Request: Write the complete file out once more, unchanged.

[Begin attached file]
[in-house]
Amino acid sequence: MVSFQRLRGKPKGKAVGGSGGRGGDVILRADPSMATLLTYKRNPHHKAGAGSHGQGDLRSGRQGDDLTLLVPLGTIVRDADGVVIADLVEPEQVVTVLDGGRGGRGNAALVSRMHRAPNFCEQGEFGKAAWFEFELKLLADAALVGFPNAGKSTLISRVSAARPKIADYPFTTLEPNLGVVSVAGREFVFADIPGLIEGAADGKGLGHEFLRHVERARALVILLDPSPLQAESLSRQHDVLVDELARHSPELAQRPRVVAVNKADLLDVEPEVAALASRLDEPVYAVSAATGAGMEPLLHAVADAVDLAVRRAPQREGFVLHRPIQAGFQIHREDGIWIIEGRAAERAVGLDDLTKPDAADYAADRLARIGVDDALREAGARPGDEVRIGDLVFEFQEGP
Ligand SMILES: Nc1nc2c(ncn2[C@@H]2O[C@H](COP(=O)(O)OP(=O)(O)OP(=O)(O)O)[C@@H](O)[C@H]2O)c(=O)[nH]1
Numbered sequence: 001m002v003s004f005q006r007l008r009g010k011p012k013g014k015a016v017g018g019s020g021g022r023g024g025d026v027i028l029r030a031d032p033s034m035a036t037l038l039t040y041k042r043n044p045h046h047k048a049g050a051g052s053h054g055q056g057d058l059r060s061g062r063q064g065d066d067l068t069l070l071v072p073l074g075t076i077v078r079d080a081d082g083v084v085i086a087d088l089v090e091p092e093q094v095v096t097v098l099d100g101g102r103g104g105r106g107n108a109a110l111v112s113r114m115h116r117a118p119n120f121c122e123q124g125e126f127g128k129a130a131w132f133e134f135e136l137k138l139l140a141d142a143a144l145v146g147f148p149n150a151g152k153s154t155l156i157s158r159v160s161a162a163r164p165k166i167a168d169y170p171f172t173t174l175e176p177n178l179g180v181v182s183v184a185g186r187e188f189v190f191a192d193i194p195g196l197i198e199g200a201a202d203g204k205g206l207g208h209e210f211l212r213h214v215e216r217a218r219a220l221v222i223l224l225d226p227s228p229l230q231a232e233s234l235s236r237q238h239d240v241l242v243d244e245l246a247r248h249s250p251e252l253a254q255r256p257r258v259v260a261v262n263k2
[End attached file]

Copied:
[in-house]
Amino acid sequence: MVSFQRLRGKPKGKAVGGSGGRGGDVILRADPSMATLLTYKRNPHHKAGAGSHGQGDLRSGRQGDDLTLLVPLGTIVRDADGVVIADLVEPEQVVTVLDGGRGGRGNAALVSRMHRAPNFCEQGEFGKAAWFEFELKLLADAALVGFPNAGKSTLISRVSAARPKIADYPFTTLEPNLGVVSVAGREFVFADIPGLIEGAADGKGLGHEFLRHVERARALVILLDPSPLQAESLSRQHDVLVDELARHSPELAQRPRVVAVNKADLLDVEPEVAALASRLDEPVYAVSAATGAGMEPLLHAVADAVDLAVRRAPQREGFVLHRPIQAGFQIHREDGIWIIEGRAAERAVGLDDLTKPDAADYAADRLARIGVDDALREAGARPGDEVRIGDLVFEFQEGP
Ligand SMILES: Nc1nc2c(ncn2[C@@H]2O[C@H](COP(=O)(O)OP(=O)(O)OP(=O)(O)O)[C@@H](O)[C@H]2O)c(=O)[nH]1
Numbered sequence: 001m002v003s004f005q006r007l008r009g010k011p012k013g014k015a016v017g018g019s020g021g022r023g024g025d026v027i028l029r030a031d032p033s034m035a036t037l038l039t040y041k042r043n044p045h046h047k048a049g050a051g052s053h054g055q056g057d058l059r060s061g062r063q064g065d066d067l068t069l070l071v072p073l074g075t076i077v078r079d080a081d082g083v084v085i086a087d088l089v090e091p092e093q094v095v096t097v098l099d100g101g102r103g104g105r106g107n108a109a110l111v112s113r114m115h116r117a118p119n120f121c122e123q124g125e126f127g128k129a130a131w132f133e134f135e136l137k138l139l140a141d142a143a144l145v146g147f148p149n150a151g152k153s154t155l156i157s158r159v160s161a162a163r164p165k166i167a168d169y170p171f172t173t174l175e176p177n178l179g180v181v182s183v184a185g186r187e188f189v190f191a192d193i194p195g196l197i198e199g200a201a202d203g204k205g206l207g208h209e210f211l212r213h214v215e216r217a218r219a220l221v222i223l224l225d226p227s228p229l230q231a232e233s234l235s236r237q238h239d240v241l242v243d244e245l246a247r248h249s250p251e252l253a254q255r256p257r258v259v260a261v262n263k2